In my mind, this is what leads to the type of “scandal of the evangelical heart,” that really troubled Rachel Held Evans: a failure to really think. The disconnect between head and heart in much of conservative evangelicalism is a real problem. It is a barrier to experiencing the joy of personal discipleship.

To matter-of-factly conclude that an humiliatingly executed Muslim woman in Afghanistan would wind up in hell, without a sense of grief or compassion, or a twinge of wonder, reveals a really distorted faith. Troubles in our heart should lead us to ask questions that put our minds to work. To fail to have such troubles is a mark of spiritual deadness. Rachel was right to point that out.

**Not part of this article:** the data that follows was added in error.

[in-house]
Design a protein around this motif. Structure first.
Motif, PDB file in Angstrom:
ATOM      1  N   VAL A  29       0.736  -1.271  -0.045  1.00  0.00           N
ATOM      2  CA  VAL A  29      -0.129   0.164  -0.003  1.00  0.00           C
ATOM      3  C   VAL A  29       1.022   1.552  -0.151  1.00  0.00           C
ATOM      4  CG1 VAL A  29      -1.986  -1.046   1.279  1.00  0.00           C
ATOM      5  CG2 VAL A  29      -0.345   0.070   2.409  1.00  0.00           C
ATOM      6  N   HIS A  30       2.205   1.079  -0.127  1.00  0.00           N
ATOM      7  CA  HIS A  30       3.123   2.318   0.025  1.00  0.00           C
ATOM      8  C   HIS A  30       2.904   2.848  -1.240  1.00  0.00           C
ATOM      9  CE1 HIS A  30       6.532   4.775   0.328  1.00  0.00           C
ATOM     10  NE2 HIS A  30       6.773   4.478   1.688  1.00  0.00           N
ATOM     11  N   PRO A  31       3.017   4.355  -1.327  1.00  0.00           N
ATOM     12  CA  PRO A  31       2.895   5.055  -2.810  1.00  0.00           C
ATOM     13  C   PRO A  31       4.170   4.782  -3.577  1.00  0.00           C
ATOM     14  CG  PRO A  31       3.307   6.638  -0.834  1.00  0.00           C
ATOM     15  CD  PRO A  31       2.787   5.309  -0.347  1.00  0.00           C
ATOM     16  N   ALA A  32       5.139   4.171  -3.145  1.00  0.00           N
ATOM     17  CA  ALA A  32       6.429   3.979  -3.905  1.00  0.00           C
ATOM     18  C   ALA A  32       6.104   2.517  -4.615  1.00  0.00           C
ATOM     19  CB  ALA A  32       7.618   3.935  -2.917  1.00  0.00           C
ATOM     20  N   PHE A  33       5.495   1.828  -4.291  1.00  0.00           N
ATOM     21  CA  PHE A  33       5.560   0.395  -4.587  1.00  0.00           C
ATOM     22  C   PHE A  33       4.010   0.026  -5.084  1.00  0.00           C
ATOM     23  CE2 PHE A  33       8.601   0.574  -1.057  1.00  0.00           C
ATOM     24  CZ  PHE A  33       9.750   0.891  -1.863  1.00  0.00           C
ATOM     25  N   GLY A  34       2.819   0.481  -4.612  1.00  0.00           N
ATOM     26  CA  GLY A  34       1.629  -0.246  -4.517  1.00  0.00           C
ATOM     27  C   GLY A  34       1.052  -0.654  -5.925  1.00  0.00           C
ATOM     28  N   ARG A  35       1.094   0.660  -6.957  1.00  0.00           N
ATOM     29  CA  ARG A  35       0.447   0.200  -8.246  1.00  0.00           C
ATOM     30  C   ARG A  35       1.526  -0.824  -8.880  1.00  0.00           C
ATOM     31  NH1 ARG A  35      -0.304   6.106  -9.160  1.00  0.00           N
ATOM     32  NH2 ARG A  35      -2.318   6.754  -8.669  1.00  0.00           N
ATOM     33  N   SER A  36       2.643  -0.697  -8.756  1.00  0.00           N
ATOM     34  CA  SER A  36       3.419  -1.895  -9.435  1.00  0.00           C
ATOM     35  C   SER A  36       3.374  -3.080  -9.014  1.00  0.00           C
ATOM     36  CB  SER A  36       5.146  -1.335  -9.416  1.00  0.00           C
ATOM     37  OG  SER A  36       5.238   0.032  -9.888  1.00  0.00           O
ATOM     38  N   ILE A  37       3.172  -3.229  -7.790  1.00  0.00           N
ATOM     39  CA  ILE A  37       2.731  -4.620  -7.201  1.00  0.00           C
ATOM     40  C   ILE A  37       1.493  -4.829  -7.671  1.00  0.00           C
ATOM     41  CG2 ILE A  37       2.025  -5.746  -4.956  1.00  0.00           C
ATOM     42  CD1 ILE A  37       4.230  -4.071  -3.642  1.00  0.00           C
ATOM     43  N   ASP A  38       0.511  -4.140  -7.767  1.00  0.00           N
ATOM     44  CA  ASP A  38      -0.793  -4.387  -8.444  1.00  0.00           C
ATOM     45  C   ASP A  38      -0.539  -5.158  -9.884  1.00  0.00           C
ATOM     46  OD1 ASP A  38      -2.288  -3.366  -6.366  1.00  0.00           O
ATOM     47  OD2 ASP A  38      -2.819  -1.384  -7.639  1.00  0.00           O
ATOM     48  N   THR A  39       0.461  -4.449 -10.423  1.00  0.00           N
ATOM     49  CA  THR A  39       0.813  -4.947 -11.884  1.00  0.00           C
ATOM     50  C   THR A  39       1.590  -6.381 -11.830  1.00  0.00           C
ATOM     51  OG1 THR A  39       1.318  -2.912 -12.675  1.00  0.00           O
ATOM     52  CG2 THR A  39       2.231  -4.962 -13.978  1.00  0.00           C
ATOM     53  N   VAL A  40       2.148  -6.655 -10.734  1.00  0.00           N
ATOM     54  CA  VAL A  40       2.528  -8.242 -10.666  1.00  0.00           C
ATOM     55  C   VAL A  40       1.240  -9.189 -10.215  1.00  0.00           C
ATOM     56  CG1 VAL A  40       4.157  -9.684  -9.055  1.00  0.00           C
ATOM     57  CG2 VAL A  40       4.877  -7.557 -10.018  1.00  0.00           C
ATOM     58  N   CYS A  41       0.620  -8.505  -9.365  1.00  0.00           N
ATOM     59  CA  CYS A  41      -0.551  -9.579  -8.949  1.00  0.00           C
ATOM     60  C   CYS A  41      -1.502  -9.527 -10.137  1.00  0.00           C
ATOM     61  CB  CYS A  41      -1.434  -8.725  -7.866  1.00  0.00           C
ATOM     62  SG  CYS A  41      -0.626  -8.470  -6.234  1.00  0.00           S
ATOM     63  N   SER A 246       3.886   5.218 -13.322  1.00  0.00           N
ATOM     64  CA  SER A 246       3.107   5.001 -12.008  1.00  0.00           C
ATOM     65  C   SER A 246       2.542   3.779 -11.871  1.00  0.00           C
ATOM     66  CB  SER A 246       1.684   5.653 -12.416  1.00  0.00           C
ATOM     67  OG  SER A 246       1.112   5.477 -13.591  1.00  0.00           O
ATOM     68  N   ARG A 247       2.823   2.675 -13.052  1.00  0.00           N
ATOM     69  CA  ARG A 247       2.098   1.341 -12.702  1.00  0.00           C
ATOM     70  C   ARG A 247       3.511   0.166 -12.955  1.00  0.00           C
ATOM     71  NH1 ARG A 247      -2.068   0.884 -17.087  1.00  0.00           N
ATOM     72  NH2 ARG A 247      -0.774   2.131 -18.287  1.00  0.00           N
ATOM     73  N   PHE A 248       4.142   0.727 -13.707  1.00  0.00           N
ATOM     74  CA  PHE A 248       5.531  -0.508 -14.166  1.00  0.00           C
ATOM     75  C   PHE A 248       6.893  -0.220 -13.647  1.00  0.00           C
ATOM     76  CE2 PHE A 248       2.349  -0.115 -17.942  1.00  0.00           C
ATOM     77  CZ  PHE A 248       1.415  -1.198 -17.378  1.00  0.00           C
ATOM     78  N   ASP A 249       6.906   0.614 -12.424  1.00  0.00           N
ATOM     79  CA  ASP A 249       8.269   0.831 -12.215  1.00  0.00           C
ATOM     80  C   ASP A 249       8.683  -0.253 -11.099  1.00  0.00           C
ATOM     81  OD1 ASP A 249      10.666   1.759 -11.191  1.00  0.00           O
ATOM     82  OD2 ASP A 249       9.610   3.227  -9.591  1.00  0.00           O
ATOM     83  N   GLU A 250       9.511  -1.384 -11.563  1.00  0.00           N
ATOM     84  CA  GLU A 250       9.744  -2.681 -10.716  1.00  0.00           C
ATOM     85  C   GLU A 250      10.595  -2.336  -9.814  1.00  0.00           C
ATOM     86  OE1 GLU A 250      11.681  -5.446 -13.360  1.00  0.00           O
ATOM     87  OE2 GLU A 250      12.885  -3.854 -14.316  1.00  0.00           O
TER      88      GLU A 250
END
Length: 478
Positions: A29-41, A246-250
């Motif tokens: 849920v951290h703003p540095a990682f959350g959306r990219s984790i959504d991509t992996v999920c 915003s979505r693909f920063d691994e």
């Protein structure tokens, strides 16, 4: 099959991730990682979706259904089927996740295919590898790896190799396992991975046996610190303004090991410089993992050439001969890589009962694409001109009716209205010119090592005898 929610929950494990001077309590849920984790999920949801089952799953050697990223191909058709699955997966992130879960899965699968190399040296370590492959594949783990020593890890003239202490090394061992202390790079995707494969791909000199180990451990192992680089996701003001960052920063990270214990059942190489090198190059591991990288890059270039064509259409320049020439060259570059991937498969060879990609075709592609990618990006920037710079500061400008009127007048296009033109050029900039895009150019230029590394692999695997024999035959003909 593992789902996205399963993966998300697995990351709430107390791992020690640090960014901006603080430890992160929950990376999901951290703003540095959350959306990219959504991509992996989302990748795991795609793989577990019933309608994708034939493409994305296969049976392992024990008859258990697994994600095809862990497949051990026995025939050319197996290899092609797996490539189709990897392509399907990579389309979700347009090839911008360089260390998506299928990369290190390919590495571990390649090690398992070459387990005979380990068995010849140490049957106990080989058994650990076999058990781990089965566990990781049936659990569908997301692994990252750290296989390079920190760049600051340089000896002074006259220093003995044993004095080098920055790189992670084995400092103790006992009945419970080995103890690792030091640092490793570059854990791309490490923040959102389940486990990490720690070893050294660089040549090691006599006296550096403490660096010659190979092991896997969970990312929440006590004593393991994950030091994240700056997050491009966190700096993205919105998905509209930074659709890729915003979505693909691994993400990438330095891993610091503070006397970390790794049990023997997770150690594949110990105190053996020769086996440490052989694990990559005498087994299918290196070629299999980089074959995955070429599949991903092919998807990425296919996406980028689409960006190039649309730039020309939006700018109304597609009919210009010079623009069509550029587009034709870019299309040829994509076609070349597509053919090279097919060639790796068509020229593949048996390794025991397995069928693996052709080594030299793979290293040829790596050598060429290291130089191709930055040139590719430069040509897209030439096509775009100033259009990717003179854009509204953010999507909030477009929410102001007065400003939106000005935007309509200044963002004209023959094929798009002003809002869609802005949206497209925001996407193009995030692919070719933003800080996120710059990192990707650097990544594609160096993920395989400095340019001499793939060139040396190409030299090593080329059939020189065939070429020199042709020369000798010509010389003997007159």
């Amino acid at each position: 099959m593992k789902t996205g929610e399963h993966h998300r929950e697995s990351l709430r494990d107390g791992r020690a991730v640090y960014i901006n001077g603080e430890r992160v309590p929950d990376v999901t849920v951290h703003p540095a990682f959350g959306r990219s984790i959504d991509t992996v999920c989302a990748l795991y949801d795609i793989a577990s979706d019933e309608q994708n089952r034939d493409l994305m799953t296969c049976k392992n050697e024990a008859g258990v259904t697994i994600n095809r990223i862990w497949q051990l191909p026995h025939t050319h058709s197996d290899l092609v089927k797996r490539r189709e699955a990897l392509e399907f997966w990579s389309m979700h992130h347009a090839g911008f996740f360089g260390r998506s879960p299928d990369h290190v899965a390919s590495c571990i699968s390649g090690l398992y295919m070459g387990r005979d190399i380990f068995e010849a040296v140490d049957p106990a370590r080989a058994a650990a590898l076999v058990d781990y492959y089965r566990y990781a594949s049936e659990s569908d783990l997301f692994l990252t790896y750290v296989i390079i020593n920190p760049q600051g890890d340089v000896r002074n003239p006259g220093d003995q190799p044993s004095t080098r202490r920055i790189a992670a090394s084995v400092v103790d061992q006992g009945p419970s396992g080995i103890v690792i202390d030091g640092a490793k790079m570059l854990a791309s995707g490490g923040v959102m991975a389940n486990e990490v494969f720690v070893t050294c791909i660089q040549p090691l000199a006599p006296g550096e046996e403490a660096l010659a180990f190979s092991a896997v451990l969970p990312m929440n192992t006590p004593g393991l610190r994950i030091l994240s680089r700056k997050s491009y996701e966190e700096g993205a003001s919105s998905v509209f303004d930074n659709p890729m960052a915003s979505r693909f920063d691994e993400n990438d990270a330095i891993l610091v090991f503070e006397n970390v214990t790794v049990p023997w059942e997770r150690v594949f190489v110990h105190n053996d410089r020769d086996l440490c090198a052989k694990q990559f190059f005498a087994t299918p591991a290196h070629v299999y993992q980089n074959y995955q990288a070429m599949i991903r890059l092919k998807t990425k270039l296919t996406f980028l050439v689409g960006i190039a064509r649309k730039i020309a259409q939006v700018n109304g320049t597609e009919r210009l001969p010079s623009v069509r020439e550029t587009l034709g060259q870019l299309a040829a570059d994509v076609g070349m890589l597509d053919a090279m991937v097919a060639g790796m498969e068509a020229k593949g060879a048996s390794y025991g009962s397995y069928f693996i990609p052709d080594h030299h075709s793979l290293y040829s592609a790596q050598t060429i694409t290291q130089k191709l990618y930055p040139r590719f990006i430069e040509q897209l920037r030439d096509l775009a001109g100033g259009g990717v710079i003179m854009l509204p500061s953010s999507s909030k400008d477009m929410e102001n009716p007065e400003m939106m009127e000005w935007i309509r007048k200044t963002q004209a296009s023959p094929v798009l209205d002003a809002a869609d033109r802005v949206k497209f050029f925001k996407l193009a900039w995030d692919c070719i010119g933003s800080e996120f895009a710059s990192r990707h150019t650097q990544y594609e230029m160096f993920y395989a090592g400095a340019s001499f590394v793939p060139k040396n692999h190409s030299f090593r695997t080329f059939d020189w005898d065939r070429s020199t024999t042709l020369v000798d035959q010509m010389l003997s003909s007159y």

Let us face it. If we as evangelical Christians really believe that others around us are going to perish in hell eternally, then why are we not driven with compassion to do everything we can to help them follow a different path?

What I did not share with Rachel, in her drive to “clean house” in her evangelical world, was her tendency to throw the baby out with the bathwater. “Leaving evangelicalism” may provide a type of “solution” for those who are burned out by “the scandal of the evangelical heart,” but it is a solution that is really no solution at all, in the long run. When doubts plague us, the answer is not to go the route of the liberal leaning end of the Protestant mainline. I have been there and done that.

The problem with doubt, is not that it exists. That is a given. The problem with doubt is that it so easy to sit with it far too long with it, and allow it to paralyze our faith.